For Israel, it's the classic "I've got good news, but you might want to hear the bad news first" scenario.
Just when a confluence of unrelated events revived the prospect of peace talks with the Palestinians, Iran's potential nuclear threat to the Jewish state suddenly seems greater than ever.
In fact, the Iran dilemma is almost the mirror image of new hope with the Palestinians: The prospect of a nuclear-armed, radical Islamic regime suddenly has moved from the "within years" to the "within months" column, differences between the United States and Europe are dogging resolution -- and the United States wants Israel to just sit still.
Reports of Iran's accelerated development of nuclear material, as well as missiles to deliver it, have profoundly unsettled Israelis.
"We believe we know what the real intentions of the Iranians are," Foreign Minister Silvan Shalom said last week in Cleveland at the General Assembly of the United Jewish Communities, the umbrella group of North American Jewish federations. "The real intention of the Iranians is to develop a nuclear bomb."
The level of agreement over keeping at bay a nation that routinely calls for Israel's elimination and glorifies suicide bombers reached across Israel's otherwise fractious political culture.
"Israel cannot, cannot live under the shadow of nuclear Iran and the bomb," Ephraim Sneh, a leader of the opposition Labor party, said on CNN.
"Israel is very vulnerable," said Sneh, who was in Washington last week. "All our economic and intellectual assets are concentrated in a piece of 20 and 60 miles. That's all. Two bombs can turn Israel into a scorched Third World country. We cannot live with it."
Yossi Beilin, leader of the dovish Yahad party, said the issue hangs over the nation at a time when Palestinian Authority President Yasser Arafat's death, forthcoming Palestinian elections and the Bush administration's post-election energy present renewed opportunities for peace in the region.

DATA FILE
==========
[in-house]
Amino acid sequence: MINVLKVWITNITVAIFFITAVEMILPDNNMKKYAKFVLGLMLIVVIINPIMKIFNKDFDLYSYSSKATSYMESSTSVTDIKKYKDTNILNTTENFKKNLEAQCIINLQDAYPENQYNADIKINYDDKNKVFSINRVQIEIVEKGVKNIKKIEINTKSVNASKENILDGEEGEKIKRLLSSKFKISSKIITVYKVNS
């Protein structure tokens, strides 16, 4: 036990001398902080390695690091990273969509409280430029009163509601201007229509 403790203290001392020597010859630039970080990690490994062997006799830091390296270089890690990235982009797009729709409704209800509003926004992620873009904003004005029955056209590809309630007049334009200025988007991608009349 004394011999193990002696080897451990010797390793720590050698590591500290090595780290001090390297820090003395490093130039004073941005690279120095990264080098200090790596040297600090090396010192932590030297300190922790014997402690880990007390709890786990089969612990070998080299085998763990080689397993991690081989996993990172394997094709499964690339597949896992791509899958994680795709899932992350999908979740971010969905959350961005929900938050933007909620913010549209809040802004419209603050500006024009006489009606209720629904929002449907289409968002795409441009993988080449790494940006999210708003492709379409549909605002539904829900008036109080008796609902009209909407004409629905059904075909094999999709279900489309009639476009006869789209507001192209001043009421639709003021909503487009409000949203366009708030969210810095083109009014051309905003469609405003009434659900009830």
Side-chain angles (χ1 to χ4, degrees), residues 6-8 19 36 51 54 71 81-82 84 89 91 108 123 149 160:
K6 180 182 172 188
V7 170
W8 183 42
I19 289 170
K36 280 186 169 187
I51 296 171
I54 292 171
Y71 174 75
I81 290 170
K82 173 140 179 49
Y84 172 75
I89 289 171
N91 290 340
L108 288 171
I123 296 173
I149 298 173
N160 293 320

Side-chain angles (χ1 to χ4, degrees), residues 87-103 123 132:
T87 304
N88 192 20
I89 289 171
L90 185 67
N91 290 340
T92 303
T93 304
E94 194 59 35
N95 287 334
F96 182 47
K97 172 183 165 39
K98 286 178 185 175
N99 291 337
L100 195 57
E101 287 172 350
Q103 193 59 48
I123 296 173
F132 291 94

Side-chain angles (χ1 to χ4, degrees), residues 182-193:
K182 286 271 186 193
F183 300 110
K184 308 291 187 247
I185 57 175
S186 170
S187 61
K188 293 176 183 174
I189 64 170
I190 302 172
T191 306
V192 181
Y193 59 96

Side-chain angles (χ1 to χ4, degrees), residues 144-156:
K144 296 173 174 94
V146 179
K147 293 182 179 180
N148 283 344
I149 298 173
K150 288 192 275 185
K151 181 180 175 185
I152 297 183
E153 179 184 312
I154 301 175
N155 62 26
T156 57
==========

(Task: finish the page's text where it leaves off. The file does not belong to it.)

"Iran is a very, very important issue," Beilin said. "For us it is hovering, it is a problem."
Israel and the United States were hoping the International Atomic Energy Agency (IAEA) would announce tougher measures at its board meeting Thursday, including more rigorous international monitoring and a trigger mechanism that automatically would refer any violation of Iran's nonproliferation agreement to the U.N. Security Council for sanctions.
Mindful of this week's IAEA meeting, the Iranians signed an agreement last week with France, Germany and Britain to temporarily suspend their uranium enrichment efforts.
Iran announced on Monday that the suspension, in effect until Iran works out a long-term agreement with the international community, is now underway.
Instead of assuaging concerns, however, the agreement underscored skepticism about Iran's intentions. Within days of signing the agreement, a reliable opposition group said Iran was using advanced technology to enrich uranium at military sites and keeping the activity secret, presumably to exempt it from the suspension.
The National Council of Resistance of Iran also said that the country had purchased enriched uranium in 2001 and designs for nuclear warheads in the mid-1990s.
Iran dismissed the claims out of hand, but on Friday European diplomats -- some apparently from the same nations that had negotiated the suspension agreement -- were telling reporters that Iran was accelerating enrichment ahead of the suspension.
The diplomats were furious with the obvious effort to get Iran as close as possible to weaponization before the freeze kicks in.
President Bush said he found the allegations credible. Attending a meeting of Pacific Rim leaders in Chile, Bush said he considered the reports a "very serious matter."
Another area of concern for the Americans is the development of missiles needed to deliver the warheads.
"I have seen some information that would suggest they had been actively working on delivery systems," U.S. Secretary of State Colin Powell said last week.